No, you would create a black market.
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post #31 of 70
Quote:
Originally posted by Chucker
Oh, that's what we're talking about.

Well, yes. But Easy, bit-perfect, digital copies are now there. And they're here to stay. What's to do about that?

Ah, see, I consider the concept of patents outdated, at least with their current life spans.

Somewhat agreed. I think that the time-to-market needs to be taken into account for different industries, but I don't think that the whole concept of patents is wrong by any means.

It just needs tweaking.

Quote:
In any case, I'm too tired right now to continue blabbering, nor do I think there really is much of a point.

As usual , there isn't any fundamental issue you and I actually disagree upon, so why bother.

But these are the fun bits!
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post #32 of 70
Quote:
Originally posted by Kickaha
Look at FairPlay vs. other DRMs... it is *very* flexible to the end user in comparison, and meets *most* people's needs well. OTOH, it is *just* a pain enough to get around that most people will just toss $1 at the song instead.

The problem with DRM is the roadblocks put up for the people who do spend the $1. Those who follow the rules and are honest have less flexibility with how they use the music they supposedly own than do those who steal music, or those who do buy the music, but who say "Screw DRM!".

Copyright laws are already horribly inbalanced in favor of media companies, no matter how much wailing they do about the sad, sad state of affairs in which piracy is hurting them oh-so-much. Media companies have the best legislation in their favor that lobbyists and money can buy, and it just keeps getting worse.

Apple's DRM might be among the least offensive DRM out there in some ways, but it's still part of a system which denies traditionally recognized "fair use" rights, and does so in a which that penalizes honest, EULA-abiding users more than anyone else.

DRM also goes beyond it's alleged purpose of protecting intellectual property, having even more power to protect business models from competition, creating barriers both to consumer choice and to healthy competition.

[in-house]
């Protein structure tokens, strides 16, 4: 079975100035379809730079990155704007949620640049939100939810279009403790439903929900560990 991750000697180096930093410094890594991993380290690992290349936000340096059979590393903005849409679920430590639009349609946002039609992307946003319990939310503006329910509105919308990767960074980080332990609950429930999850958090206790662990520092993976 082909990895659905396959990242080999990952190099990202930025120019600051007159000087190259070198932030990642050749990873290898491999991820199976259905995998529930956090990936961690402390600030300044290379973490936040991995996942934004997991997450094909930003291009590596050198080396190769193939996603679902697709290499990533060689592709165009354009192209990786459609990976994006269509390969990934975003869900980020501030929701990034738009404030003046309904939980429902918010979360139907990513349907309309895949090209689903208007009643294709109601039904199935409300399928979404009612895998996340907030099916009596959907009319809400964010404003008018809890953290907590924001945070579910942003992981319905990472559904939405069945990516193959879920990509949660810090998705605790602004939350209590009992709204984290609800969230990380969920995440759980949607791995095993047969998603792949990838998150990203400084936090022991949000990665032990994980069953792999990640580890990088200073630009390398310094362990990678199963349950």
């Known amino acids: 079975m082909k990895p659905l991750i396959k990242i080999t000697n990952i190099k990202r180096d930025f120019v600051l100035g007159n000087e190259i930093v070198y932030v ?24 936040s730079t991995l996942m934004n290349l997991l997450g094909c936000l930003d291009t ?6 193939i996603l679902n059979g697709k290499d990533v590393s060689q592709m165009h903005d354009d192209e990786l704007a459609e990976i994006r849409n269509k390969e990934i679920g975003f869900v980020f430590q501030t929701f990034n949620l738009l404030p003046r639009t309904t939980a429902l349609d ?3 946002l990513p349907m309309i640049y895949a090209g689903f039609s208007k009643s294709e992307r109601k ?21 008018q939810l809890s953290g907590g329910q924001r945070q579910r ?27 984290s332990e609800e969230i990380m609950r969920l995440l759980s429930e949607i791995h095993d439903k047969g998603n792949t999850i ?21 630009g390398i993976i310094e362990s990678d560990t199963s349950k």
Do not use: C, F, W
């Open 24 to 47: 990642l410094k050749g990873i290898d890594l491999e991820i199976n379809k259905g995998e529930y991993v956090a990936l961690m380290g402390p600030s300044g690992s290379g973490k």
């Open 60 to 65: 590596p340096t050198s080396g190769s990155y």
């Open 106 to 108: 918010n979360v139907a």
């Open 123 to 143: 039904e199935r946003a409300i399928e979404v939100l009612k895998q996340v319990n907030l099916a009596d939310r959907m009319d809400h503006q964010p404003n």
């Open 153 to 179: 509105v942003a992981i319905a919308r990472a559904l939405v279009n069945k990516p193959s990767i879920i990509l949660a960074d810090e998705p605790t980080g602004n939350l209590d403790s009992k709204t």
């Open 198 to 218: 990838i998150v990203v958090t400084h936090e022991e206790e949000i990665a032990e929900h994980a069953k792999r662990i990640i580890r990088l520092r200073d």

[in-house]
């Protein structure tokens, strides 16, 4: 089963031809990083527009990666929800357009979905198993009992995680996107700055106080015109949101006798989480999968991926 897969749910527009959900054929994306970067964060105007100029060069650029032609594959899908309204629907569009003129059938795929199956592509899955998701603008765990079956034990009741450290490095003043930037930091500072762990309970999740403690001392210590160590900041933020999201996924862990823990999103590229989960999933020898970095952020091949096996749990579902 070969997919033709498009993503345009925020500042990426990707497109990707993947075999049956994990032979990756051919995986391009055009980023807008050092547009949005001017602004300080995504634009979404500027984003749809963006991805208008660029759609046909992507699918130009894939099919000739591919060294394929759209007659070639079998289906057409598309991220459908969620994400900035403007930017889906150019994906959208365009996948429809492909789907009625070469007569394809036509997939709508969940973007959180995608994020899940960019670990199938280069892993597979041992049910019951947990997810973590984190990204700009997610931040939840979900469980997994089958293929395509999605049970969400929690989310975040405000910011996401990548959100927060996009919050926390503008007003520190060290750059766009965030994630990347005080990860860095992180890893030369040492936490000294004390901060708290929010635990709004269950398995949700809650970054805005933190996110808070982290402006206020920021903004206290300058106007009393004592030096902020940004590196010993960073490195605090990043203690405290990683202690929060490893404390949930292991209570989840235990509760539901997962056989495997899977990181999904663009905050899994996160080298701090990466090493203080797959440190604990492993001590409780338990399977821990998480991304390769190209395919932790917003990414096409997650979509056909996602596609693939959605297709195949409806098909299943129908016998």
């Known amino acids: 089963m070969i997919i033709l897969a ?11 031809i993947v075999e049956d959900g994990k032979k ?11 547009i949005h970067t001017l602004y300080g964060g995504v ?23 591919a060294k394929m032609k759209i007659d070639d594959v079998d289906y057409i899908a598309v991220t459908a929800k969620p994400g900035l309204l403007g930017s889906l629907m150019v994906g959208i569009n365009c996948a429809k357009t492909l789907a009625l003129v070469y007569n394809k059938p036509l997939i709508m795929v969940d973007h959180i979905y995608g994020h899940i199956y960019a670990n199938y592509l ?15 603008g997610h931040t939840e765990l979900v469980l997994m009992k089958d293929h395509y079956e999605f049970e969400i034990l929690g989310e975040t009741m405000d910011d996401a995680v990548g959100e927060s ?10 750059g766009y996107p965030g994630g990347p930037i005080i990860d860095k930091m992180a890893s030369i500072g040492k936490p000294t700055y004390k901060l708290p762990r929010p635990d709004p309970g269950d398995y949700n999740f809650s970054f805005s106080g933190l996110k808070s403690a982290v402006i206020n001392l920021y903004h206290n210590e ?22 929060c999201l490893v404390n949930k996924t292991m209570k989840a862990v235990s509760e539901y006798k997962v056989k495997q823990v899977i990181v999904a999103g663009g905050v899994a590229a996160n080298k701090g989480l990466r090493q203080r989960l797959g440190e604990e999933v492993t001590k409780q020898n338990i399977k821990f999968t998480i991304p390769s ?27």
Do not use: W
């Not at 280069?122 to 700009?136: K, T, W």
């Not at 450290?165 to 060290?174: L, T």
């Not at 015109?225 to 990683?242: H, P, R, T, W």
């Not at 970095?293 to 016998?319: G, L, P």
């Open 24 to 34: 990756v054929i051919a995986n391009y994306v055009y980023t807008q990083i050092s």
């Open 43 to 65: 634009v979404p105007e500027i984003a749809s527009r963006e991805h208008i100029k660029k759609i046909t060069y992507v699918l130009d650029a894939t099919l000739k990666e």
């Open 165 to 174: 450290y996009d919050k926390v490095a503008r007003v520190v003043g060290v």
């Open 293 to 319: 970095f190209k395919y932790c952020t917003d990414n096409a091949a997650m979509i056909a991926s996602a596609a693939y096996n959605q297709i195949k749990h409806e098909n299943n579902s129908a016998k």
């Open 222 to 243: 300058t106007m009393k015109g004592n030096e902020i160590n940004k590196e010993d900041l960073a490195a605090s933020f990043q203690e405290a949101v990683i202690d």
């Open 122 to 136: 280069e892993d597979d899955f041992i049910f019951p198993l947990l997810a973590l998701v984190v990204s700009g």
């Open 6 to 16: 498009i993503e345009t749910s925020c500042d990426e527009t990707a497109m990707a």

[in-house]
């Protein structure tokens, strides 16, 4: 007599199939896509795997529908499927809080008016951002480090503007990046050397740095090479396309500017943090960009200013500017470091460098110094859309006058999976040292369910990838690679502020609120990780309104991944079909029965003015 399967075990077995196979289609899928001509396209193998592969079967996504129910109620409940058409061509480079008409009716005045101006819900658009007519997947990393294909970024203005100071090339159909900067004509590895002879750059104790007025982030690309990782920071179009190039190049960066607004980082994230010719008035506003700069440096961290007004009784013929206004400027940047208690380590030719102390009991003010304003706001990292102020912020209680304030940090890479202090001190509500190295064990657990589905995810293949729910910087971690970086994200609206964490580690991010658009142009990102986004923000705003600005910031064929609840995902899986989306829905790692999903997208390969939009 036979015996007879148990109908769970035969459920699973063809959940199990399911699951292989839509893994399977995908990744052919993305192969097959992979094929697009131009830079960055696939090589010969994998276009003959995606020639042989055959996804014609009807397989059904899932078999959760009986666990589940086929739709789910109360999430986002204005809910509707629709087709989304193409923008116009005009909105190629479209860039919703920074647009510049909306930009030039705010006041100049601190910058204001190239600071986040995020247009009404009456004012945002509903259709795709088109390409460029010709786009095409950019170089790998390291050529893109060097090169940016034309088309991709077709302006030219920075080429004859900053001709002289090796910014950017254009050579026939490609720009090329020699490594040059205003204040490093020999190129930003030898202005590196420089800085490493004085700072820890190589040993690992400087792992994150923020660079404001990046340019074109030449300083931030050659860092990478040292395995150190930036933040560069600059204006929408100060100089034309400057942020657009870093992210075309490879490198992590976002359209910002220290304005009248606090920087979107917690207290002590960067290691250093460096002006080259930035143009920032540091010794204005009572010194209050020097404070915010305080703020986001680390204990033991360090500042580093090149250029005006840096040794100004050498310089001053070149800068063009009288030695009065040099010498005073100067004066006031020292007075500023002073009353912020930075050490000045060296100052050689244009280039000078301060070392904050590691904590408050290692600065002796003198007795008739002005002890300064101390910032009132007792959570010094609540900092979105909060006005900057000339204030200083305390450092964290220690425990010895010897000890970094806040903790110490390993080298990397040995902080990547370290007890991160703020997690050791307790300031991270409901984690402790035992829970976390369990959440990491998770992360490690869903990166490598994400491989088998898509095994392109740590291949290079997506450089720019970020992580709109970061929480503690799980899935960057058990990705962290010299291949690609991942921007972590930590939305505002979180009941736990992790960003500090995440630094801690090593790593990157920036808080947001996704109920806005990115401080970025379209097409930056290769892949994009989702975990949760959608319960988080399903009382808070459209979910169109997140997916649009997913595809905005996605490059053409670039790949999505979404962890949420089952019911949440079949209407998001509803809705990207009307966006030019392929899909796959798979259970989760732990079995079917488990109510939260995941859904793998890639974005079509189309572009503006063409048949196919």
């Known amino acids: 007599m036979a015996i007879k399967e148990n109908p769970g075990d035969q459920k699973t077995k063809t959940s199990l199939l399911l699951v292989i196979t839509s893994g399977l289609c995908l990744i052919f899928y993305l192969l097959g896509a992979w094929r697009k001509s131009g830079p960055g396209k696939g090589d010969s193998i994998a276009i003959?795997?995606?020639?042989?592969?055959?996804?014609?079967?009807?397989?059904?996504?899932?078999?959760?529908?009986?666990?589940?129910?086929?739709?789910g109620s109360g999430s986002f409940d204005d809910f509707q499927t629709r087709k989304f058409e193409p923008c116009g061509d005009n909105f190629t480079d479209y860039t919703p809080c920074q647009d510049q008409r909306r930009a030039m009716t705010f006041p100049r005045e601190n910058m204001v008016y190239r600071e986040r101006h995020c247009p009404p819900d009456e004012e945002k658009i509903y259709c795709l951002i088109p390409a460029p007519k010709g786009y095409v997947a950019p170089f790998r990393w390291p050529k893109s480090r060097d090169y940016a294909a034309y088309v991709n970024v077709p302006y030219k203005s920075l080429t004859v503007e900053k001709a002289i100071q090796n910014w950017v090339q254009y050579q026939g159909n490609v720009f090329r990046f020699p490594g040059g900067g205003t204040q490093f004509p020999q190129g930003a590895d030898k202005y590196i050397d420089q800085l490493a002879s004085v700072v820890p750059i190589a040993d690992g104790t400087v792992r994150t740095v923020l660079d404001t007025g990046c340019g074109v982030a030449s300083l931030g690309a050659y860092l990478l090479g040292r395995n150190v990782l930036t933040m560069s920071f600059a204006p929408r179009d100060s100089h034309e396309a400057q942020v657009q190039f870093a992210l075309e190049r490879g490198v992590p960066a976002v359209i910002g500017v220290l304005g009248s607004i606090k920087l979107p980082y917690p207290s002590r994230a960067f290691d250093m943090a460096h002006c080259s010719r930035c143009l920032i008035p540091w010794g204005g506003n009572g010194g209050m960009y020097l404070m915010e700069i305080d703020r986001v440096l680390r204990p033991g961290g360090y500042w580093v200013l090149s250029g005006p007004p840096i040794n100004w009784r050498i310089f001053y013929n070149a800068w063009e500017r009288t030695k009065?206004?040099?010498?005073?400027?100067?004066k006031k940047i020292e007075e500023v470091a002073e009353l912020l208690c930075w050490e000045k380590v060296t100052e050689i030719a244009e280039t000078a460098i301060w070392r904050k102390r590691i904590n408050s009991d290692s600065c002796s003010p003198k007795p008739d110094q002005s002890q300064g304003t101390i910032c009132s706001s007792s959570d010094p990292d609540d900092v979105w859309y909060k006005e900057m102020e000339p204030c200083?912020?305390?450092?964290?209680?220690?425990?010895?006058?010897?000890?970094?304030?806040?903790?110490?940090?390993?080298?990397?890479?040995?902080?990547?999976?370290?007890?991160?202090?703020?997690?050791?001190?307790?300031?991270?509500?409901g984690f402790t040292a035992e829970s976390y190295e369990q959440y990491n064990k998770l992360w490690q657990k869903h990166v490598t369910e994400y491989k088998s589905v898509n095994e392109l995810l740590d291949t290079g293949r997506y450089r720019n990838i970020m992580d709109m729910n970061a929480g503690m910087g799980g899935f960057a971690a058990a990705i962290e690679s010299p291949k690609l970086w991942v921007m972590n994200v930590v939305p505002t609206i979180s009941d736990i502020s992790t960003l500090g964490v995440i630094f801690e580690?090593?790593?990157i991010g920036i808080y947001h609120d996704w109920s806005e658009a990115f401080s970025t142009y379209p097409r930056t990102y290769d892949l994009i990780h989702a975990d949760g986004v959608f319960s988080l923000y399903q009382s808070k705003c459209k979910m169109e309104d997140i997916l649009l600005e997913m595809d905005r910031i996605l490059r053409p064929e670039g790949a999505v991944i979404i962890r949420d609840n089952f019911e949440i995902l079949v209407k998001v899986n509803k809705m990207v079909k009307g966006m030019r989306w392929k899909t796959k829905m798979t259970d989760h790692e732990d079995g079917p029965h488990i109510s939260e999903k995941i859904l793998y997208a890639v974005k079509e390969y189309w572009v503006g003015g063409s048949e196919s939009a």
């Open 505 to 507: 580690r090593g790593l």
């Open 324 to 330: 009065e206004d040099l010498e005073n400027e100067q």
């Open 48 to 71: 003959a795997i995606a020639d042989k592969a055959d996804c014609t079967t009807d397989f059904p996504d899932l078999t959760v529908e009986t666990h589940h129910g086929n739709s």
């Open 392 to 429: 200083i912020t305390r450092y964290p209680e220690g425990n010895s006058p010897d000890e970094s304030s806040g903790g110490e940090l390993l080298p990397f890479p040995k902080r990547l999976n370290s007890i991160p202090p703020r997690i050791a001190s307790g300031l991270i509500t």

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post #33 of 70
Quote:
Originally posted by Kickaha
Somewhat agreed. I think that the time-to-market needs to be taken into account for different industries, but I don't think that the whole concept of patents is wrong by any means.

It just needs tweaking.

I agree with protecting ideas and inventions. I also, however, agree with the greater good. Far too often, patents are abused to hinder such greater good, and to hinder healthy competition. Heck, look at Creative suing Apple on a nonsense patent and Apple suing them back on first one, now four(?) different patents which, while I didn't look at them extensively, are probably just as trivial/unimaginative. I don't care for Creative's mediocre players, nor do I like their business tactics, but Apple is being just as "evil" in this as they are, sadly.

Quote:
But these are the fun bits!

When you and I are both on a coffee high, yes.
post #34 of 70
Quote:
Originally posted by Kickaha
Sarcasm. Look it up.

Short version: I agree with you.

Gotcha. My bad.
post #35 of 70
Quote:
Originally posted by Chucker
I don't care for Creative's mediocre players, nor do I like their business tactics, but Apple is being just as "evil" in this as they are, sadly.

It's just a negotiating tactic to get Creative to come to a mediated solution. I don't think Apple expects to win--even if they did, it would cost a lot of money.

A negotiated settlement is in everyone's best interest, it seems.
post #36 of 70
Quote:
Originally posted by aplnub
No, you would create a black market.

And that means no sales for the record companies.
post #37 of 70
Which means no new songs for you.
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post #38 of 70
Quote:
Originally posted by Chucker
I agree with protecting ideas and inventions. I also, however, agree with the greater good. Far too often, patents are abused to hinder such greater good, and to hinder healthy competition. Heck, look at Creative suing Apple on a nonsense

Full stop.

That's the problem... the patent determination process is overloaded, and crappy patents are getting through.

Does that mean the entire *concept* of a patent is bad? No. I'd say it is a critical component of driving innovation.

The problems with the current system, as I see it, are in determining appropriateness of award, and determining length of patent viability.
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post #39 of 70
Quote:
Originally posted by Kickaha
Full stop.

<insert British English comment here>

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That's the problem... the patent determination process is overloaded, and crappy patents are getting through.

Agreed.

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Does that mean the entire *concept* of a patent is bad? No. I'd say it is a critical component of driving innovation.

Agreed.

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The problems with the current system, as I see it, are in determining appropriateness of award, and determining length of patent viability.

But while the latter can perhaps be somewhat easily agreed upon, what about the former? Who's to judge whether a patent is "trivial"? The bottom line is, you cannot objectively neutrally say so. That problem will always haunt patents, no matter what. Too-trivial patents will get permitted, and not-trivial-at-all patents will get rejected.

At the patent office's desk, PEBKAC. As always.
post #40 of 70
Quote:
Originally posted by Kickaha
Which means no new songs for you.

Exactly. "Well, if the people won't provide songs in the ways I'd like them to, I'll just pirate them! HAH!" isn't a solution. Neither is forming a pirate party (wtf?).